Looks like the centre gauges/wooden dash are an add on (as not standard for a 998?) so I agree with mini13, possibly installed by someone that didn't know that the temp gauge needs 10v from a voltage regulator (usually - looks like a smiths gauge) but I don't know what reading you would get at 14.4v (assuming that's what you have?) could be much higher than actual but I would say only 44% higher (14.4 vs 10v?)

 

I would check that the sensor wire isn't snagged and shorting direct to to earth as I think that might give high readings? sure someone else will be along to confirm this one



#5 Moke Spider

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Posted 25 October 2020 - 08:13 PM

I think those Temperature readings are in Fahrenheit (which kinda makes sense given the Pressure is in PSI) and that sounds about right or a little on the cool side.

 

You'll usually find the Oil Temp closely follows, though with a little time delay, the Coolant Temp.



#6 cal844

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Posted 25 October 2020 - 08:16 PM

I think those Temperature readings are in Fahrenheit (which kinda makes sense given the Pressure is in PSI) and that sounds about right or a little on the cool side.

You'll usually find the Oil Temp closely follows, though with a little time delay, the Coolant Temp.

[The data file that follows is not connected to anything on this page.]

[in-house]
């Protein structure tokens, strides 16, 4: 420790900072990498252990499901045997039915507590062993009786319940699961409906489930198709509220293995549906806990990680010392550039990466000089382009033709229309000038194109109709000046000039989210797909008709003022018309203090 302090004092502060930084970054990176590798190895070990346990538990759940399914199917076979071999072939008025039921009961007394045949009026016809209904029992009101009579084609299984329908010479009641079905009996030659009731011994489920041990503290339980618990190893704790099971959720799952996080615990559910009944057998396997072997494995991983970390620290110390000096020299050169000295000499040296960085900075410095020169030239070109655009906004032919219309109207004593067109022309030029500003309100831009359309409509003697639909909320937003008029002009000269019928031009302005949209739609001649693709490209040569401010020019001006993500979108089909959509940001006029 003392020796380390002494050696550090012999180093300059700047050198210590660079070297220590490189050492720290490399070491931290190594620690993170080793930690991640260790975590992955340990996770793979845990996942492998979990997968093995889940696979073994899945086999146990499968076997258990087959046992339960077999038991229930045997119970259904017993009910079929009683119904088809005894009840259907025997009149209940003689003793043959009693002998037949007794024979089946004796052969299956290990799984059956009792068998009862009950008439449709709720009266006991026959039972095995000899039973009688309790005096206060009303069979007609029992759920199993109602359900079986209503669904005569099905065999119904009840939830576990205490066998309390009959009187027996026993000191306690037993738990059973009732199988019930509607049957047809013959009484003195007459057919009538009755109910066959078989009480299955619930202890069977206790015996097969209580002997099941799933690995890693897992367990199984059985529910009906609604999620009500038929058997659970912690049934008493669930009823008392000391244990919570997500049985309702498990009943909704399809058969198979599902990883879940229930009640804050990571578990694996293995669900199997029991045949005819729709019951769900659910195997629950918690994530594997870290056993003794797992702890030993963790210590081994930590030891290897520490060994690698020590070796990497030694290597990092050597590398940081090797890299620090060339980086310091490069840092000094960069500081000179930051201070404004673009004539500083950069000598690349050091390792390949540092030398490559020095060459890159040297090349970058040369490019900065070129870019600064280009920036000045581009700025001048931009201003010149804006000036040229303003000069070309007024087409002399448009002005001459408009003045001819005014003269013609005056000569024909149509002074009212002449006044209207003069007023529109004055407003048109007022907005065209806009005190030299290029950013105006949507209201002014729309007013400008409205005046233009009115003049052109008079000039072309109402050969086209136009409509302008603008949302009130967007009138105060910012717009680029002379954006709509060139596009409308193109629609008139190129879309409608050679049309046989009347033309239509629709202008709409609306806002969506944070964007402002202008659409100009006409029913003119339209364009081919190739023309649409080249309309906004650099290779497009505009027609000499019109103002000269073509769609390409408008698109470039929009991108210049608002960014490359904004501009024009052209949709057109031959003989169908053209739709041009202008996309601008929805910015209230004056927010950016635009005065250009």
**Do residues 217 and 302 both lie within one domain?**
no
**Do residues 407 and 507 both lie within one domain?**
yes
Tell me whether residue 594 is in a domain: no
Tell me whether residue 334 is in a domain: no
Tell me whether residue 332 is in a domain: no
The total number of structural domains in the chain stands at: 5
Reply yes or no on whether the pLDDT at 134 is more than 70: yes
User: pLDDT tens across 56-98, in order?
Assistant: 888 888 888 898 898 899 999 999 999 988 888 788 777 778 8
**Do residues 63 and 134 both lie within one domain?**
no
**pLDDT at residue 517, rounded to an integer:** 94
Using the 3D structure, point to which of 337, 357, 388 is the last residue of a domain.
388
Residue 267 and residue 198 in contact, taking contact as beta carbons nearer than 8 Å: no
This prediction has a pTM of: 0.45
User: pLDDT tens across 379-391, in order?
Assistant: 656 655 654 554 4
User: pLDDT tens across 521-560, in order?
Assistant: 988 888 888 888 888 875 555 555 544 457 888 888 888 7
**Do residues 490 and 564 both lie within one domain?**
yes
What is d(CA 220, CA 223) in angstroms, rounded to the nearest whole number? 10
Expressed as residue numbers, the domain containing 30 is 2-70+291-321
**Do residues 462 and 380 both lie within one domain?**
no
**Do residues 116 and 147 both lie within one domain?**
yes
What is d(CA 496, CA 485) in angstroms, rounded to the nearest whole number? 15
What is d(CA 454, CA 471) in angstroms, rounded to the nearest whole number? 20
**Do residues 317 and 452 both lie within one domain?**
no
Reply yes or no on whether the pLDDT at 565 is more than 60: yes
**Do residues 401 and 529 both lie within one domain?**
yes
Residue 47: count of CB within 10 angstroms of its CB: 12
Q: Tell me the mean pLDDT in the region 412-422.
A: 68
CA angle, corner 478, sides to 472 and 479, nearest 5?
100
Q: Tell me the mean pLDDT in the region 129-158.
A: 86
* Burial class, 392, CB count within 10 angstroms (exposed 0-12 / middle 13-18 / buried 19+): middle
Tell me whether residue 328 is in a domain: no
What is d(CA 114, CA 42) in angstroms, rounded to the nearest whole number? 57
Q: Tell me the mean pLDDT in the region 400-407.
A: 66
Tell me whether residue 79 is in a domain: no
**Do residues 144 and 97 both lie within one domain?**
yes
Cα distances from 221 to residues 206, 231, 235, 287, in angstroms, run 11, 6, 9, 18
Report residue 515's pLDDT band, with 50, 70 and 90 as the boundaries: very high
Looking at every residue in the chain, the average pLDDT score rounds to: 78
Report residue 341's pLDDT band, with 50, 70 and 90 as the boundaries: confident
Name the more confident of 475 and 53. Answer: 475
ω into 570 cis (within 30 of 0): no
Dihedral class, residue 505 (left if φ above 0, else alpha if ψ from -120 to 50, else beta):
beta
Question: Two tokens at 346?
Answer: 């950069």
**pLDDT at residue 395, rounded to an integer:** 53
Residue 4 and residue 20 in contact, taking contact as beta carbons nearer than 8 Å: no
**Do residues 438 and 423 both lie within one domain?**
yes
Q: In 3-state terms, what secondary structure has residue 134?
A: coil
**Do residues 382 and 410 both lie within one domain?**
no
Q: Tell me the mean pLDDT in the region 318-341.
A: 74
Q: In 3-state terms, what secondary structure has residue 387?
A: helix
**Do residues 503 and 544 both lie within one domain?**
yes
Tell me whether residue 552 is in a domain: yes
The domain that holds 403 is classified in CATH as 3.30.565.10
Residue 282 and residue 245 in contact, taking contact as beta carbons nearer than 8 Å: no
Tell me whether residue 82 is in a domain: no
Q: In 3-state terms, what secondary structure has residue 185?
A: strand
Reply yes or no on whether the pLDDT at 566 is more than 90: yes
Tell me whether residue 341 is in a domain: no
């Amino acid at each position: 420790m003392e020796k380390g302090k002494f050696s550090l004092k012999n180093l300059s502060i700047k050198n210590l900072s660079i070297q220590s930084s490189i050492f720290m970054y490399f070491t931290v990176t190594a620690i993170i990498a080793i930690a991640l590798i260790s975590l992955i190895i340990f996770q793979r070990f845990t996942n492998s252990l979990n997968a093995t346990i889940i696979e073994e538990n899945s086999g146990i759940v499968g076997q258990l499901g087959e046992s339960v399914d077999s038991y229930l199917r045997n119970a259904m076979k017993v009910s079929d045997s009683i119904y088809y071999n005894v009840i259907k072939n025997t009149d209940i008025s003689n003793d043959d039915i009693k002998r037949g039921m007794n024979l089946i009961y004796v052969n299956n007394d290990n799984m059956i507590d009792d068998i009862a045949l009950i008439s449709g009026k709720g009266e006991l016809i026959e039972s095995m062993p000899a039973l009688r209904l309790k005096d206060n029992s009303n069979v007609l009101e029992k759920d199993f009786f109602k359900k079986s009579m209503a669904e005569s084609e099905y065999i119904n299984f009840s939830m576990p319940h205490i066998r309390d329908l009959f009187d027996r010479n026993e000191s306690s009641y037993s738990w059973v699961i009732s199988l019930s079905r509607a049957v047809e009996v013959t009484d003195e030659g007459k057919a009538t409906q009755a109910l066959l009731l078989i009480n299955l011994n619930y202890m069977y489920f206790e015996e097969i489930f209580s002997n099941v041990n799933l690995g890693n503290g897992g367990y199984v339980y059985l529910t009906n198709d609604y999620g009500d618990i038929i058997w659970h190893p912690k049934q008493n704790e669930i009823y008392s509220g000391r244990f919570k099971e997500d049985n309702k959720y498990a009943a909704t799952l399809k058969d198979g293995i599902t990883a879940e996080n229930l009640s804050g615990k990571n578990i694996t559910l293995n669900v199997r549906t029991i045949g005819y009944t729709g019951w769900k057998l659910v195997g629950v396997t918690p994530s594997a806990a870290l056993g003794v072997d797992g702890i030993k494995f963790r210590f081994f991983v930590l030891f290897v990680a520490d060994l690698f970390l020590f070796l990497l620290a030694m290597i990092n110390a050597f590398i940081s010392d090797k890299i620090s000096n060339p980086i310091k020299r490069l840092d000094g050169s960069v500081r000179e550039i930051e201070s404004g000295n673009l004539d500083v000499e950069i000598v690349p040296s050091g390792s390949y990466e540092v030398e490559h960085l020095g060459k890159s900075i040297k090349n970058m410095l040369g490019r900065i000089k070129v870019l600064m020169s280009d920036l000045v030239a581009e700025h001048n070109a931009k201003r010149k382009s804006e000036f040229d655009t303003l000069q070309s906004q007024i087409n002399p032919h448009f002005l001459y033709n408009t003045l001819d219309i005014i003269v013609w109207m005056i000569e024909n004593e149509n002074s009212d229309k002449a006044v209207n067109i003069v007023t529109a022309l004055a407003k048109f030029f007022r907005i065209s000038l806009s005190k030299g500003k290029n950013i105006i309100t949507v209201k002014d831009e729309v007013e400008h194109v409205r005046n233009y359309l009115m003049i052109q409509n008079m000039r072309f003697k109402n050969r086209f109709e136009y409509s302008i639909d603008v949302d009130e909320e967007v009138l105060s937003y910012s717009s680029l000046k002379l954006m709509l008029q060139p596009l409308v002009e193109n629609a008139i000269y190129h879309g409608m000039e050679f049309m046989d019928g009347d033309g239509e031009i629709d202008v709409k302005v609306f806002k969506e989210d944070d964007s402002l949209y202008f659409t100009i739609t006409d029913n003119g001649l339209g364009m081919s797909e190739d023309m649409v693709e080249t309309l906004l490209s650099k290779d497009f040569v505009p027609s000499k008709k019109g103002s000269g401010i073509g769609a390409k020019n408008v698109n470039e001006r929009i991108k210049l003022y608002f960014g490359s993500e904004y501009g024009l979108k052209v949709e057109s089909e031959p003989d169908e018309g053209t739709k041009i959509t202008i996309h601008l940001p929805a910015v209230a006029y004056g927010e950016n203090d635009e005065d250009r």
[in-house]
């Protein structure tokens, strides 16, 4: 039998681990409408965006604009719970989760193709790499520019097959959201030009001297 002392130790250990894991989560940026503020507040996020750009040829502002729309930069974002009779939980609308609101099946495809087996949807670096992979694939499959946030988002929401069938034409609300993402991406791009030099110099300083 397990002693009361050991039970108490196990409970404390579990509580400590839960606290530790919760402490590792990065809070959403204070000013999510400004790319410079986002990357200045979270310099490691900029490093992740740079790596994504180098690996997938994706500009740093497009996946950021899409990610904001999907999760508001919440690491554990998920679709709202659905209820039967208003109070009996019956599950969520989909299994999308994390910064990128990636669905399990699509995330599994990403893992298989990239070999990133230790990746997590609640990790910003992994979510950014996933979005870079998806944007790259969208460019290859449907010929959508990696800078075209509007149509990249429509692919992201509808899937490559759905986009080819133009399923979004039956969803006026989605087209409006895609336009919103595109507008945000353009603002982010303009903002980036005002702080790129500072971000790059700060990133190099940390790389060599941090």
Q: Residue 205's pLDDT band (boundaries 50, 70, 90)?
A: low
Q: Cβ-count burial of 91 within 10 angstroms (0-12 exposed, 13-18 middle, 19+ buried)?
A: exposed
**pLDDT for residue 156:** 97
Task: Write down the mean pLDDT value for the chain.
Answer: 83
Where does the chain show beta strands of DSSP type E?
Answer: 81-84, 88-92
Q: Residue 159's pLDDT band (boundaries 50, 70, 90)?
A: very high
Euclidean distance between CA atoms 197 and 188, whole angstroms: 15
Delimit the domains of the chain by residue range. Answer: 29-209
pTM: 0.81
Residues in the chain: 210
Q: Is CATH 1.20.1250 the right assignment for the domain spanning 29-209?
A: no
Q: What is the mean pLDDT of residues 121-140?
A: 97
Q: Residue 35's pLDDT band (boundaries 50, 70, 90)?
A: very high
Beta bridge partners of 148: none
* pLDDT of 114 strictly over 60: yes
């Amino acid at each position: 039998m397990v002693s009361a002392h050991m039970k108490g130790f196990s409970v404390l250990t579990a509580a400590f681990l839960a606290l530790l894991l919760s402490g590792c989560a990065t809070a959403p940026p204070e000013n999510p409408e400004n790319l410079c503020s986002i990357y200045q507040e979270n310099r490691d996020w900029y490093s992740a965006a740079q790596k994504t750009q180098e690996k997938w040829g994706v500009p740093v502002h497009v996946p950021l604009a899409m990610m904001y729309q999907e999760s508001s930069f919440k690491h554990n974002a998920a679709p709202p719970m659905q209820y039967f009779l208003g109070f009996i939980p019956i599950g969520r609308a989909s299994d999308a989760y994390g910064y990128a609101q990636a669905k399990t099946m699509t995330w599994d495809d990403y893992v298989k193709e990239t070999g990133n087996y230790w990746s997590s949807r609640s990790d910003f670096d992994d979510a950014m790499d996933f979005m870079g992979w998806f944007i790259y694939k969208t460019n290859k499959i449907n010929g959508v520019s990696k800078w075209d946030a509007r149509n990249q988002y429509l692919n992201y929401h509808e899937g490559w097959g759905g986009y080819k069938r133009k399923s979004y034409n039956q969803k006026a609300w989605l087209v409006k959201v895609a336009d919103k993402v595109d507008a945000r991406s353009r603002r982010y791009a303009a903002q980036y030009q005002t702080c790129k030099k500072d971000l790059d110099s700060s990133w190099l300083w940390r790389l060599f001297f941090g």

It's printed on the guage °c, however I do agree with the scale on oil temperature and coolant temperatures

#7 Magneto

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Posted 26 October 2020 - 02:02 AM

I think you need to check that temp gauge for accuracy, one thing you could do is shoot the engine in several places on the oil sump when it's reading hot with one of those infra-red laser thermometers, just to compare.

 

Did you say the sensor is or isn't in contact with the oil itself? I don't know how you can get an accurate reading if it's not.....


Edited by Magneto, 26 October 2020 - 02:02 AM.


#8 Johnmar

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Posted 26 October 2020 - 09:00 AM

Take the sender out off the block, and place the back end in boiling water (while keeping the wiring above the water level offcourse. Then you know how accurate the the current sensor/gauge/volts combination is.

That would be my starting point.

#9 tmsmini

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Posted 26 October 2020 - 02:51 PM

That looks like the gauge used by the Rover MPi cars.

After 20-25 years the sensor could have gone bad. The sensors were NLA for awhile but a replacement has been developed.

 

https://www.minispar...YCB100320.aspx?

 

As mentioned I would check the ground. On the MPi, they are mounted directly in a block port.



#10 cjreyn

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Posted 26 October 2020 - 08:12 PM

Thanks all for your suggestions. @mini-mad-mark you might be on to something. I disconnected the sensor and measured the voltage between the sensor end of the wire and the chassis ground. It's a steady 12.4V so no grounding issues. This contrasts to the coolant temp wire that hops around suggesting its connected to the 'I' output of the voltage reg at 10v. I read that it oscillates in a way that makes it tough to read! So my guess is that the oil temp gauge has been connected at the 'B' connector of the regulator as you said.

 

I will pull the dash out and check the wiring and report back.